Mountain Power

In the heart of Alaska’s Wrangell-St. Elias National Park there’s the tiny abandoned copper mining town of Kennecott/McCarthy. 30-40 people still live there, even though the mine was closed, suddenly, in the 1930s. It’s only in the last ten years that the pool table was removed from the local hall. Back in its hey-day, the only way into town was by rails that were laid across moving glaciers. Some say Armand Bombardier developed the snowmobile here, an innovation to deal with the 8 months of snow. Today the best way in is by bush plane.

McCarthy is a great place to hang out. The main drag of town is a narrow dirt road with the old brothel on one side and the saloon/mercantile on the other. And just down the way toward the river is the abandoned power plant, America’s oldest, now home to a posse of young alpine guides. The St. Elias Mountain Guides keep things simple. They bathe with water from the river, grow some of their own food, and light the power plant with the help of a solar panel on the roof.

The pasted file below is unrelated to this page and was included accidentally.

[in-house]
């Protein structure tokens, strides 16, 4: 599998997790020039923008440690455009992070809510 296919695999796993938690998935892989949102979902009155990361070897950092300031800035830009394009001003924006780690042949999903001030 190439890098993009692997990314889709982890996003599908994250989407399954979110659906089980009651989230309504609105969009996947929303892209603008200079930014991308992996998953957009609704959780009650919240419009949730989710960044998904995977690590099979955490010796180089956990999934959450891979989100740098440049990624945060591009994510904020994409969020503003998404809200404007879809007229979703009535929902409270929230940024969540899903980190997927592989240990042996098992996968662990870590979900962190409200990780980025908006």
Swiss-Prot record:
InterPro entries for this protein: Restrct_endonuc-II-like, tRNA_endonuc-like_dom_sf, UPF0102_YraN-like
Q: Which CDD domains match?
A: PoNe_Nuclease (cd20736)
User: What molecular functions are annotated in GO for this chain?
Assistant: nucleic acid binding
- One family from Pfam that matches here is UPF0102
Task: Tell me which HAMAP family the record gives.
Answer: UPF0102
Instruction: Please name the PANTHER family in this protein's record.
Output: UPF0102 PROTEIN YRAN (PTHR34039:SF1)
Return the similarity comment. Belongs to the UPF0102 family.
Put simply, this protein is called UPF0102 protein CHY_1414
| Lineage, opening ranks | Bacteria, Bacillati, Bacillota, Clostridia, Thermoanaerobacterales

And now they can have two lights on at once, thanks to a Porchlight bulb. America’s Oldest Power plant has been retrofitted with energy efficient lighting.

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